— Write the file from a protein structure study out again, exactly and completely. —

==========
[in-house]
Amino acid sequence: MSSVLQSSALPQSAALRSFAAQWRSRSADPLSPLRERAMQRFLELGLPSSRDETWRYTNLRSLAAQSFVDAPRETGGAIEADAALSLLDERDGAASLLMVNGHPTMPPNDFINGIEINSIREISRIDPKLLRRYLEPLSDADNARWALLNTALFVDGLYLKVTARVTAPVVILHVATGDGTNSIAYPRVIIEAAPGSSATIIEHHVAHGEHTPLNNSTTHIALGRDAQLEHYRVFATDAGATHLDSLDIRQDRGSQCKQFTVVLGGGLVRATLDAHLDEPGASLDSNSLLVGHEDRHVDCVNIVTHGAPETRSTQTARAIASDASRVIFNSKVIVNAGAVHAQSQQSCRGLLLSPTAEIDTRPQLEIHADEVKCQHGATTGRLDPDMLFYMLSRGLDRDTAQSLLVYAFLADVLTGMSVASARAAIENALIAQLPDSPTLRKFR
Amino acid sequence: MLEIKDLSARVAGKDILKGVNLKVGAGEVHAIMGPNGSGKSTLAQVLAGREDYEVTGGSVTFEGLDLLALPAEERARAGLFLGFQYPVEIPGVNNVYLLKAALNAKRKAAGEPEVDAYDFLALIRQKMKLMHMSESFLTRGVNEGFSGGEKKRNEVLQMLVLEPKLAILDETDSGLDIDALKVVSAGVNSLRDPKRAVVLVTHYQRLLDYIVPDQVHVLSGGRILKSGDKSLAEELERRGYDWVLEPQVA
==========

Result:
[in-house]
Amino acid sequence: MSSVLQSSALPQSAALRSFAAQWRSRSADPLSPLRERAMQRFLELGLPSSRDETWRYTNLRSLAAQSFVDAPRETGGAIEADAALSLLDERDGAASLLMVNGHPTMPPNDFINGIEINSIREISRIDPKLLRRYLEPLSDADNARWALLNTALFVDGLYLKVTARVTAPVVILHVATGDGTNSIAYPRVIIEAAPGSSATIIEHHVAHGEHTPLNNSTTHIALGRDAQLEHYRVFATDAGATHLDSLDIRQDRGSQCKQFTVVLGGGLVRATLDAHLDEPGASLDSNSLLVGHEDRHVDCVNIVTHGAPETRSTQTARAIASDASRVIFNSKVIVNAGAVHAQSQQSCRGLLLSPTAEIDTRPQLEIHADEVKCQHGATTGRLDPDMLFYMLSRGLDRDTAQSLLVYAFLADVLTGMSVASARAAIENALIAQLPDSPTLRKFR
Amino acid sequence: MLEIKDLSARVAGKDILKGVNLKVGAGEVHAIMGPNGSGKSTLAQVLAGREDYEVTGGSVTFEGLDLLALPAEERARAGLFLGFQYPVEIPGVNNVYLLKAALNAKRKAAGEPEVDAYDFLALIRQKMKLMHMSESFLTRGVNEGFSGGEKKRNEVLQMLVLEPKLAILDETDSGLDIDALKVVSAGVNSLRDPKRAVVLVTHYQRLLDYIVPDQVHVLSGGRILKSGDKSLAEELERRGYDWVLEPQVA